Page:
If there is anything that long-term foreigners here agree on, it is the ineptitude of Taiwan’s tourism bodies in presenting Taiwan to the international community. The latest offering, reported on by Focus Taiwan last week, is the Time for Taiwan (線上台灣館) Virtual Exhibition Web site (www.tva.org.tw), created by the Taiwan Visitors Association for the nation’s Tourism Bureau.
The new site is aimed at tourists who might think about visiting Taiwan after it re-opens next year. Let us hope they don’t find it.
SAME OLD, SAME OLD
Photo: Michael Turton
When opened, the site declaims the weird, clumsy slogan “Taiwan is waiting for you!” which practically invites parody. All the usual problems are present. Done as a virtual exhibition, it takes forever to load and is crammed with a riot of color and sound. It routes viewers to apparent third-party sites that often contain no English, or whose English presents information unrelated to the site you just clicked on.
For example, the Web site for Hualien County’s Ceroh community (Chunrih Township, 春日) in the East Rift Valley gives entirely different information about the Hakka village in Fenglin Township (鳳林) if switched to English. Clicking on the list of bike rentals (theme.erv-nsa.gov.tw/bike/zh-tw/info/rental-station) gives an informative site, but entirely in Chinese, with no English alternative. Of course, when there is English, it is often lacking a professional editor’s attention.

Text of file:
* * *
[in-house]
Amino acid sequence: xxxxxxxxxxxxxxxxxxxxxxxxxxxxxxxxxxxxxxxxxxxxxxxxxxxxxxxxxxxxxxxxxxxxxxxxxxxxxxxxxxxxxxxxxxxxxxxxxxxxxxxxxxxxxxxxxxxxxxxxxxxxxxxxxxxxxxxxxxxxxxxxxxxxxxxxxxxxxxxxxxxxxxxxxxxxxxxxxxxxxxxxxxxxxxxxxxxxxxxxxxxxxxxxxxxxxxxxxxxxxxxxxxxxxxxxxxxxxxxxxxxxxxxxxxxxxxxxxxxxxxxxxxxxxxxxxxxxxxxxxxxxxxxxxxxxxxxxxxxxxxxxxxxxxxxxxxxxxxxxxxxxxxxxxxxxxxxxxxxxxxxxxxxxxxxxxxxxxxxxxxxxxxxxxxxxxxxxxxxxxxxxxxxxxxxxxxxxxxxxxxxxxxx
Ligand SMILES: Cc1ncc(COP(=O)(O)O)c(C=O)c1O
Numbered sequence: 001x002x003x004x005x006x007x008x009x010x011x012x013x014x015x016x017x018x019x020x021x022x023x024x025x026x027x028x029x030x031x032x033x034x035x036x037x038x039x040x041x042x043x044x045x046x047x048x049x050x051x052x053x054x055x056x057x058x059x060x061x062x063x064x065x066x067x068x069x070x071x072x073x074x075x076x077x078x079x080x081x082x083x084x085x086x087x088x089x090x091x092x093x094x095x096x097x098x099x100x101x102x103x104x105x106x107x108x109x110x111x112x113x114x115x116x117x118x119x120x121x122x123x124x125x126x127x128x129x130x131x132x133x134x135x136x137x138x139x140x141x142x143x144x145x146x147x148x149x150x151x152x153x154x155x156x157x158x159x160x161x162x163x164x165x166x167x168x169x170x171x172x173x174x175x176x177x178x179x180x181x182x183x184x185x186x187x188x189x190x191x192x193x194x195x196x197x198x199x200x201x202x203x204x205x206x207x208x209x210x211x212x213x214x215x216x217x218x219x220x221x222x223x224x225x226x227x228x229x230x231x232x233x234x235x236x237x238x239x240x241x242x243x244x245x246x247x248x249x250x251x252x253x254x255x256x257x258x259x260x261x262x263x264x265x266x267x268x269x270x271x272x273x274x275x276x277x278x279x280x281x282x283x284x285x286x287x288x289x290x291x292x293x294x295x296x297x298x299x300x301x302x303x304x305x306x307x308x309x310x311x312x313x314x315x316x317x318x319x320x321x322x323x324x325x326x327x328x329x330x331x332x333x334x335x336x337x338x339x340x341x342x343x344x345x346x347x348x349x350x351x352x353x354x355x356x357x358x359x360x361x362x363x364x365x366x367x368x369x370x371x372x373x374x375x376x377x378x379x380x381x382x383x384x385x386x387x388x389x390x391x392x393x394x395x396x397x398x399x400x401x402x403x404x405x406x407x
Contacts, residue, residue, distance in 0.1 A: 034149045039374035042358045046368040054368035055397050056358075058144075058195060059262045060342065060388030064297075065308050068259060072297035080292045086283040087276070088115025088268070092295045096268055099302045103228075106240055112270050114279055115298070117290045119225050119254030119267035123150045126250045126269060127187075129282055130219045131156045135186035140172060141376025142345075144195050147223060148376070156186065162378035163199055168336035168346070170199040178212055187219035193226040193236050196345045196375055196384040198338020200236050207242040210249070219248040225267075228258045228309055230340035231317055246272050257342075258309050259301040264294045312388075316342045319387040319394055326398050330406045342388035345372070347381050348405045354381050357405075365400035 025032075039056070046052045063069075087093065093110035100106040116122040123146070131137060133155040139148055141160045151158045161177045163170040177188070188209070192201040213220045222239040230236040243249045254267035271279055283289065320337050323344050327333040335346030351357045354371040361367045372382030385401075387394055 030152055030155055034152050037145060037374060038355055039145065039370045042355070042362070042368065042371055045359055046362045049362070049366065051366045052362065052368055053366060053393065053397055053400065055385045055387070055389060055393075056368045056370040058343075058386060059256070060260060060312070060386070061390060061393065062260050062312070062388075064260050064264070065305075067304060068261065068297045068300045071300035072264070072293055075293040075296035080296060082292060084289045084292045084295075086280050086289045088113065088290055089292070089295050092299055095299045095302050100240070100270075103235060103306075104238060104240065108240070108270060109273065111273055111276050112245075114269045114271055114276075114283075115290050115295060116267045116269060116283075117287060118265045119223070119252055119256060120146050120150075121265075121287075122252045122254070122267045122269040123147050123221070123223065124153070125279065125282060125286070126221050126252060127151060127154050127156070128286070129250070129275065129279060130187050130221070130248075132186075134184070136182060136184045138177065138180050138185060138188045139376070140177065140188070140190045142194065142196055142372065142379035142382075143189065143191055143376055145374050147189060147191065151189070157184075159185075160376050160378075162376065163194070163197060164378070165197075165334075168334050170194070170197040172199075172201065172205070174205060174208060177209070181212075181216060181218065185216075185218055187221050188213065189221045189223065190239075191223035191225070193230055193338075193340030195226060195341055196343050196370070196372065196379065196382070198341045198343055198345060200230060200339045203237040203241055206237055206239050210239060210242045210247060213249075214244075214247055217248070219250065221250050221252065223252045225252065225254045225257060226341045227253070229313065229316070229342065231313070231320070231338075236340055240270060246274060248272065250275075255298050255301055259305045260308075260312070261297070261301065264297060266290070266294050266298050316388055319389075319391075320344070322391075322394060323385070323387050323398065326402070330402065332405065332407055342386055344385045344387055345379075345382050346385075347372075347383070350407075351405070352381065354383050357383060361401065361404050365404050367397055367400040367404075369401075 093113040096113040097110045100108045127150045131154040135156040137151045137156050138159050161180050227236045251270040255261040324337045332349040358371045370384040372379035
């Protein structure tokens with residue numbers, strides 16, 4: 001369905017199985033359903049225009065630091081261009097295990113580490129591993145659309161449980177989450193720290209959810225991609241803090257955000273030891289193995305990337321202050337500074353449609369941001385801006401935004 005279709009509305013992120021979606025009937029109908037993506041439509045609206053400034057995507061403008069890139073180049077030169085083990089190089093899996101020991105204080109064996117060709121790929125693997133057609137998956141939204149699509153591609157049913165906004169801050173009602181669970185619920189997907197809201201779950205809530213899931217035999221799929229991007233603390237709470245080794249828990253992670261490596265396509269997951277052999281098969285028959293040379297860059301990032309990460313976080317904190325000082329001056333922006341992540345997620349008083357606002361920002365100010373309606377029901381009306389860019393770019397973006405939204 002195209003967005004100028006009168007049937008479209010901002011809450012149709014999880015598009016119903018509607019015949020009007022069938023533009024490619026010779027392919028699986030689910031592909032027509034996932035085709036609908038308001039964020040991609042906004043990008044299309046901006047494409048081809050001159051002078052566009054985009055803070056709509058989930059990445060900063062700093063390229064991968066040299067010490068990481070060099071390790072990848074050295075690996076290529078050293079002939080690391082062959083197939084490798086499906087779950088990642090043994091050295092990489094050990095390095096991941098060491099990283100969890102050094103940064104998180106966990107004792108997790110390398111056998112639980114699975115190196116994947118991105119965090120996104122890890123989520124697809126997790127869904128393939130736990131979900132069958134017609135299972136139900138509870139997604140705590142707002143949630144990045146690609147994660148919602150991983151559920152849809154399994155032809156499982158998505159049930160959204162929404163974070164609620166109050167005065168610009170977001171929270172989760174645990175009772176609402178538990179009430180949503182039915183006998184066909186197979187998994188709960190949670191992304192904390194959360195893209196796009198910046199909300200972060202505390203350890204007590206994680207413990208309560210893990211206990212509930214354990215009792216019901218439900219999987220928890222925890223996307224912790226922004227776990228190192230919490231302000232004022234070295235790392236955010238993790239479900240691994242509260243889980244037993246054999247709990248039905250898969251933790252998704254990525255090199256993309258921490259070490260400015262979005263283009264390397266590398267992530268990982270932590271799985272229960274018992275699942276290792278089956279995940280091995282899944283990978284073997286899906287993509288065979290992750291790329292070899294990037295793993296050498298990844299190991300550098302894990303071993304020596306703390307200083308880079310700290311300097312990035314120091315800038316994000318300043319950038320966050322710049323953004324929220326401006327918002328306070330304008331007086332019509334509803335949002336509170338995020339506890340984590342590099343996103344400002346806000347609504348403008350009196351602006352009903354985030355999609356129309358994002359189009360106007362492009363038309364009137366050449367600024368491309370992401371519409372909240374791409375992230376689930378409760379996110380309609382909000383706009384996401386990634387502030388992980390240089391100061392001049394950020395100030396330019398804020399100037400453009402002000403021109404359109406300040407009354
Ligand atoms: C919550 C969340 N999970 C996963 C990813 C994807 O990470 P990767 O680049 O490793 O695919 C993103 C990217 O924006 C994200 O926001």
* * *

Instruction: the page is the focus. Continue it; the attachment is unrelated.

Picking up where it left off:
Some presentations directly on the site, such as the video on the Siraya National Scenic Area, load in directly from YouTube and are entirely in Chinese with Chinese subtitles. The e-Guides, presented under the cringe-worthy banner of “Taiwan is Really Good Fun!” cover a wide variety of topics, but again, are desperately in need of a professional editor. The site invites you to “watch” them online (view a PDF). Wince!
Photo: Michael Turton
It is probably a good thing the site is set to expire at the end of August next year.